David Gudeman's user avatar
0 votes

Do the referents of false statements exist?

There needs to be drawn a distinction between contingently false propositions and necessarily false propositions. Contingently false propositions such as “it is sunny in California right now” are ...
PW_246's user avatar
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0 votes

Do the referents of false statements exist?

It is possible to talk about things which do not exist. For example- You can talk about tachyons, they travel with speed greater than speed of light,which do not exist. You can talk about raining of ...
Dheeraj Verma's user avatar
1 vote

Is a non-existent apple not an apple?

It rather depends on how you choose to use the terminology, particularly the word 'exists'. Also, on whether your preferred approach to ontology includes non-existent things. Since the time of Frege ...
Bumble's user avatar
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8 votes
Accepted

Is a non-existent apple not an apple?

I consider a misuse of language to be the source of confusion: Of course we can form the word “apple” in our mind. It is a concept invented to denote certains objects, like so many other concepts do. ...
Jo Wehler's user avatar
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3 votes

Is "that nose is fake" nonsense?

As you know, a fake nose is not a nose. I disagree. You seem to conflate the definitions of "nose" and "genuine nose"; which lies at the basis for your claim, but I'd like to ...
Flater's user avatar
  • 1,292
6 votes

Is "that nose is fake" nonsense?

By your argument a "rubber duck" is nonsense too, as is a "prosthetic leg". Avoiding this type of pedantry/sophistry just renders human conversation too tiring to bother. Anything ...
user3445853's user avatar
1 vote

Is "that nose is fake" nonsense?

Would you consider the part of a statue that is in the middle of the face and is meant to look like a nose and contains nostrils to be a 'real' nose, or even a nose at all? What about Frosty's '...
Jason Goemaat's user avatar
4 votes

Is "that nose is fake" nonsense?

Wittgenstein spent a lot of time on this sort of thing. Is the word "cat" a cat. No. Is a photograph of a cat a cat? No. Is a fake nose a nose? No. But the statement "That nose is fake&...
Meanach's user avatar
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11 votes

Is "that nose is fake" nonsense?

"Fake" in "fake nose" typically means the nose is artificial (e.g. man-made and surgically inserted), not that it's not a nose. One might go one step further and say that it ...
NotThatGuy's user avatar
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45 votes
Accepted

Is "that nose is fake" nonsense?

You understand what the sentence means; therefore, it is not nonsense. We can perform all sorts of analyses to try to analyse why the sentence is meaningful (e.g. the "nose" refers both to ...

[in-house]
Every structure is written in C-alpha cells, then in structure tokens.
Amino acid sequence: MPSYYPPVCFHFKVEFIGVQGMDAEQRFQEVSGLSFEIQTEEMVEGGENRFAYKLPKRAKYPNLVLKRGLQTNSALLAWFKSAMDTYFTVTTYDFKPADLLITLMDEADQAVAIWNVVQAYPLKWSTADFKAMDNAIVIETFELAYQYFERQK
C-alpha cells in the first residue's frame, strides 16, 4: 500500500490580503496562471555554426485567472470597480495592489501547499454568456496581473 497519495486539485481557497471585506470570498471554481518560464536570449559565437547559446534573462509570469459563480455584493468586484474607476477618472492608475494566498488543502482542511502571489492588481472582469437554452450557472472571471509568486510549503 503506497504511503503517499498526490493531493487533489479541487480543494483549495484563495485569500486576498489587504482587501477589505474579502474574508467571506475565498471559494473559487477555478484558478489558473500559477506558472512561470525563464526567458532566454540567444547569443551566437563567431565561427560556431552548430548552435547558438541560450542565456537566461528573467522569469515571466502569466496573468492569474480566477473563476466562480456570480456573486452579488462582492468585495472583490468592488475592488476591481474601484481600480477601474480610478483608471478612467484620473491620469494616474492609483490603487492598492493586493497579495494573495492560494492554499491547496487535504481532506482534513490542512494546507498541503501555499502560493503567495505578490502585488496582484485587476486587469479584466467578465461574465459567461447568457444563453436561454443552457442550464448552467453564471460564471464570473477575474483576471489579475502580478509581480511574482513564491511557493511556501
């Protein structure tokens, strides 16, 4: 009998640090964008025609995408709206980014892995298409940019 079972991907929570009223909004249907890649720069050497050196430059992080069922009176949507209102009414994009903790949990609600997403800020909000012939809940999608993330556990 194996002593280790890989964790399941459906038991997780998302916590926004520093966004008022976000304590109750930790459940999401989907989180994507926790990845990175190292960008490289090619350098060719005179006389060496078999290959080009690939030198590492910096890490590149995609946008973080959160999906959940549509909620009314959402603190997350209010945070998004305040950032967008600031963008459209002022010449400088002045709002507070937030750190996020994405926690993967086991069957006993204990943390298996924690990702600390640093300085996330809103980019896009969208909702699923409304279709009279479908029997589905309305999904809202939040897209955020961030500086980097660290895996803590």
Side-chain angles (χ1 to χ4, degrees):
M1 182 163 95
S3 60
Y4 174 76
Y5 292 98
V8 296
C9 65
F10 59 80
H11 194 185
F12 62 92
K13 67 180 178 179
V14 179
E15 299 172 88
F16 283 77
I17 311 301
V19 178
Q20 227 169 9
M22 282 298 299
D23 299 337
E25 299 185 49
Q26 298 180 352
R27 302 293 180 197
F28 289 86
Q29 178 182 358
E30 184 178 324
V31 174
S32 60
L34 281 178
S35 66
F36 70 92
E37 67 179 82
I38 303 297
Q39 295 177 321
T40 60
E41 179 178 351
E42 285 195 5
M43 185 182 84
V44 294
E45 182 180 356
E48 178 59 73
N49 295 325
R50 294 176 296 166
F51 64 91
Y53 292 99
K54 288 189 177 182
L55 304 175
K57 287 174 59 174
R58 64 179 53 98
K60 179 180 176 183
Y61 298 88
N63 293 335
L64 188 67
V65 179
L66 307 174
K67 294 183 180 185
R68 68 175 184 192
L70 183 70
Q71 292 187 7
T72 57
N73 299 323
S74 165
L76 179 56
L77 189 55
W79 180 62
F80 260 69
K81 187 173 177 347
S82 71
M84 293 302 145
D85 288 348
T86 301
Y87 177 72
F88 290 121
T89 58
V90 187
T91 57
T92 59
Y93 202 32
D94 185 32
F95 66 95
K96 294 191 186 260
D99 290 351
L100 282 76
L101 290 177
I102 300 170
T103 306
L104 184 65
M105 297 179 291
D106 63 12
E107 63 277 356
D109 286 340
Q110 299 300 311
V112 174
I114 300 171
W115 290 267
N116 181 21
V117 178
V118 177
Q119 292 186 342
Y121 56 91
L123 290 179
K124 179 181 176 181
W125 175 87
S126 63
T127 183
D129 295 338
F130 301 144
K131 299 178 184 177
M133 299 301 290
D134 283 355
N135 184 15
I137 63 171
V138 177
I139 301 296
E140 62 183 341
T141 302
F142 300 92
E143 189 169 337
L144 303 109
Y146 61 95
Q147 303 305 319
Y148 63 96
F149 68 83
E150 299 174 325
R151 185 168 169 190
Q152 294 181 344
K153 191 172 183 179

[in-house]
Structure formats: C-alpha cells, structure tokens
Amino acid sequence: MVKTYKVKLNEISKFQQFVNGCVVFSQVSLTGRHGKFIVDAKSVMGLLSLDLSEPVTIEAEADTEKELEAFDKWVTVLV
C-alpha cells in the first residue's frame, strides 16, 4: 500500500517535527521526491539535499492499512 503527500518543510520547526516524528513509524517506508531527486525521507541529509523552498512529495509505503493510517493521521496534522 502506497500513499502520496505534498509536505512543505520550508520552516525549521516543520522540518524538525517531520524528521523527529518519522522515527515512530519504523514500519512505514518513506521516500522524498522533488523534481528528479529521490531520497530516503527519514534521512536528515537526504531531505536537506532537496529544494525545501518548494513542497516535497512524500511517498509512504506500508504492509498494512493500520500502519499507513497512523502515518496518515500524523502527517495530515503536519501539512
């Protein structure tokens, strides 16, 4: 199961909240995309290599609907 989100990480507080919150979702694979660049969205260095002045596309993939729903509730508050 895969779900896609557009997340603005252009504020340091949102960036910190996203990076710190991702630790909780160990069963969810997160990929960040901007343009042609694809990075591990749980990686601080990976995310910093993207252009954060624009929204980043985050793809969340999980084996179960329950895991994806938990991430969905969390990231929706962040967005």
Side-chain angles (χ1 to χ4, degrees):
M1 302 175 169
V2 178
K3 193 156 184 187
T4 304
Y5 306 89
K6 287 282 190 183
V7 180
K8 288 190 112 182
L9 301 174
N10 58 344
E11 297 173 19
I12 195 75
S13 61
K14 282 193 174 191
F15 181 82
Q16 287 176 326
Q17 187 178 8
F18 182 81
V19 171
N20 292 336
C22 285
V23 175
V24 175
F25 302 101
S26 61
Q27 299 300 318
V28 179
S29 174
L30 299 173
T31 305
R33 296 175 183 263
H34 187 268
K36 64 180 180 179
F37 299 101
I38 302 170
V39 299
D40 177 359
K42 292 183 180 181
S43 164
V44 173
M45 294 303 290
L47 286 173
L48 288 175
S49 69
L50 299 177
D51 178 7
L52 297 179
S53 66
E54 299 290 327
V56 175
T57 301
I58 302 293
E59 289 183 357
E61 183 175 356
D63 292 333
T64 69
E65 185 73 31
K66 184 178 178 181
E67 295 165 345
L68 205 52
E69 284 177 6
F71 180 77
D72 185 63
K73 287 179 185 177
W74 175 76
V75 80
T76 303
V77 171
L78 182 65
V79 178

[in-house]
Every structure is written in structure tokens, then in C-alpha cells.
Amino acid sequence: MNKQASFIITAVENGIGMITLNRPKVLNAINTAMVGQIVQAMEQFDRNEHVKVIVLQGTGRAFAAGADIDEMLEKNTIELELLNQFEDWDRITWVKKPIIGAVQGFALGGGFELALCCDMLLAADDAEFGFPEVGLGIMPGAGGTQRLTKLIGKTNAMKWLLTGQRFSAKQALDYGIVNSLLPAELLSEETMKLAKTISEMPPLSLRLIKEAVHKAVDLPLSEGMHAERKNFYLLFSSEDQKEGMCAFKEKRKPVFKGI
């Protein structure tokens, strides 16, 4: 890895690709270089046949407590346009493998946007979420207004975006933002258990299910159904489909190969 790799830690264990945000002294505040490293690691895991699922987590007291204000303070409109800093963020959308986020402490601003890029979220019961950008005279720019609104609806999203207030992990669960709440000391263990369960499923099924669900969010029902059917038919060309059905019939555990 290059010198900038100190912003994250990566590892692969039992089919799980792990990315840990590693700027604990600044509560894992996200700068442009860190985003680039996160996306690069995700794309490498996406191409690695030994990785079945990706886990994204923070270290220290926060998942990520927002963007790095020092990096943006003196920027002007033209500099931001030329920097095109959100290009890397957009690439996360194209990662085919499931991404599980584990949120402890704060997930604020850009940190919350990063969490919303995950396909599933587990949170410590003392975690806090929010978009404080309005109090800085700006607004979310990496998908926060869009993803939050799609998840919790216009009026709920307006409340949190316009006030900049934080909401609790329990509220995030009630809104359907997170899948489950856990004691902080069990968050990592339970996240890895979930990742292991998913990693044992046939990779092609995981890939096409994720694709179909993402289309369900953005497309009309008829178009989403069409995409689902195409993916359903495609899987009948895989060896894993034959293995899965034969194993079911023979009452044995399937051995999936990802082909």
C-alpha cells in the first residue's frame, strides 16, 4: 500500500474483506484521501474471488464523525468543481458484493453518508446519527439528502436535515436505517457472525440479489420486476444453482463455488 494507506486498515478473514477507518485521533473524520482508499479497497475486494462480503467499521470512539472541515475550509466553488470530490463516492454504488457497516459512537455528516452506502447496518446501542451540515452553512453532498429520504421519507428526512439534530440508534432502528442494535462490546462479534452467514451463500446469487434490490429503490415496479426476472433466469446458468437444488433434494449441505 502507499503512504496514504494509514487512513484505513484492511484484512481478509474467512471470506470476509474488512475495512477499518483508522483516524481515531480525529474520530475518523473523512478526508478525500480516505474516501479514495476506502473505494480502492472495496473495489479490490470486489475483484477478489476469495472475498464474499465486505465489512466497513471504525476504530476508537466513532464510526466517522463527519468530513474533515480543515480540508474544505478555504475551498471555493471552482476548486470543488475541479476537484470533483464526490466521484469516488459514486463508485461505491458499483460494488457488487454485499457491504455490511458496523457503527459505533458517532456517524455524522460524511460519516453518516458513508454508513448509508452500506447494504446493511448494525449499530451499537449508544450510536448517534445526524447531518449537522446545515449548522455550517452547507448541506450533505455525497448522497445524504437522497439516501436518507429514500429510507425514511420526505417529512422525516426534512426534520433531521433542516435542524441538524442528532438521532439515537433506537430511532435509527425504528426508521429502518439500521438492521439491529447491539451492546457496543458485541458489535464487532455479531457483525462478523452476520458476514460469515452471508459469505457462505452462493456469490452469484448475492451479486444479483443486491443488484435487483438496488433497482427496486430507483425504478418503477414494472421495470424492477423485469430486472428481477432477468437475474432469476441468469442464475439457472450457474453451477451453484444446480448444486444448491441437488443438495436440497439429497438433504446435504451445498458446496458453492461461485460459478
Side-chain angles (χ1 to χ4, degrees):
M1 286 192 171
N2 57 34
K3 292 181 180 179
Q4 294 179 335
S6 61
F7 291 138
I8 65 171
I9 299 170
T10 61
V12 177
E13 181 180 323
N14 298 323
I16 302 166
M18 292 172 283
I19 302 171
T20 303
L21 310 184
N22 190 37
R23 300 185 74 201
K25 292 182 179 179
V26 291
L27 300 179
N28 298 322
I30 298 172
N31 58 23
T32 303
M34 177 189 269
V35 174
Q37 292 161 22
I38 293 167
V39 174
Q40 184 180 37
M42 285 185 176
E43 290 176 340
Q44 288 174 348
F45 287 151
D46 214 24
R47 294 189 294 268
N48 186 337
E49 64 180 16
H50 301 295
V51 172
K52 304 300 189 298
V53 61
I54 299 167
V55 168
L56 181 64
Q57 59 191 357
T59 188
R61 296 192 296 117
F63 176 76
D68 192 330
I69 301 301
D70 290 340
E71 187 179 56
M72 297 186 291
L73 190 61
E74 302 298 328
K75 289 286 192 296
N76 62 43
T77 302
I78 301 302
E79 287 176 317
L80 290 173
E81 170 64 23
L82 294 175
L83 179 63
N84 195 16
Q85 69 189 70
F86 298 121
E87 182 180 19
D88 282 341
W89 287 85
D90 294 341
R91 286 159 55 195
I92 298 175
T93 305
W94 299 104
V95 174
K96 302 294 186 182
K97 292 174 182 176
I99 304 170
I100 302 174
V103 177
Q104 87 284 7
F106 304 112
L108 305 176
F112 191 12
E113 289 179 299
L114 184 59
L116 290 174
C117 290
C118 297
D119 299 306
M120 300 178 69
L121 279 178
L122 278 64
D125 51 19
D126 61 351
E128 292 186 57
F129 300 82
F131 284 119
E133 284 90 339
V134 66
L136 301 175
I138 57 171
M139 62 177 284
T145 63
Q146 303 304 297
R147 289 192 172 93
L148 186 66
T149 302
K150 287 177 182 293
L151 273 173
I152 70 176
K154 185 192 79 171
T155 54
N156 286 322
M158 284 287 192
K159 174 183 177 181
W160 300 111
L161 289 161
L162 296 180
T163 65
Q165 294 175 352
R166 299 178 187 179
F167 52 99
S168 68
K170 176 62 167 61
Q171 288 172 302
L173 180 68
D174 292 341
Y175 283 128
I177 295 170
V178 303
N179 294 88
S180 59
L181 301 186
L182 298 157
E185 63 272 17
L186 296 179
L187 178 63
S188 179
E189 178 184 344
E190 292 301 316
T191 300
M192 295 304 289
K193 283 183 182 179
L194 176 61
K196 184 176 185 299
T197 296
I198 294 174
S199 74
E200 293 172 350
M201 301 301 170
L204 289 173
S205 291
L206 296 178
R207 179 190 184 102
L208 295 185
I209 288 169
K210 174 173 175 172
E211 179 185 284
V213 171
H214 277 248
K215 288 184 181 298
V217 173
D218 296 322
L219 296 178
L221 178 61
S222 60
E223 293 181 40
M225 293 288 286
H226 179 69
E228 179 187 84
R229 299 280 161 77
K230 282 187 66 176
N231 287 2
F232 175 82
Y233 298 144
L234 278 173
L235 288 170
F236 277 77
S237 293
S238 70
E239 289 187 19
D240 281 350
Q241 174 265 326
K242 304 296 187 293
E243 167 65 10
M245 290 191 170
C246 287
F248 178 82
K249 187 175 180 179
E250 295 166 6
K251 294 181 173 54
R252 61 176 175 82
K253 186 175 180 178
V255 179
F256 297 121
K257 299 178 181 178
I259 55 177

wizzwizz4's user avatar
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-1 votes
Accepted

Can semantics work independently apart from philosophy?

It implies grammar can work independently apart from semantics. This is trivial. All speakers of a language know that it is always possible to speak meaningless but grammatical sentences. This is ...
Speakpigeon's user avatar
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0 votes

Can semantics work independently apart from philosophy?

The grammar does provide meaning, and is not distinct from it. There are multiple types of semantics. Chomsky's sentence has lexical semantics because you know what each of the words mean. Sentential ...
J D's user avatar
  • 23.1k
0 votes

Can we describe round square, which doesn't exist?

Sometimes propositions are called "truth barers" where their truth or falsity depend on some state of affairs in the world (a particular spatiotemporal location). for e.g. the proposition ...
Richard Bamford's user avatar
0 votes
Accepted

Can we describe round square, which doesn't exist?

Sometimes, some of us have an intuition that statements like, "The round square is round," or, "The round square is square," are "analytically" true. Such statements seem ...
Kristian Berry's user avatar
1 vote

Can we describe round square, which doesn't exist?

It is true that there exists no entity which instantiates the set squares which has the characteristic round. It is true that there exists no entity which instantiates the set squares which has the ...
g s's user avatar
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0 votes

Can we describe round square, which doesn't exist?

Square wheels Does this aid you in your quest?
Agent Smith's user avatar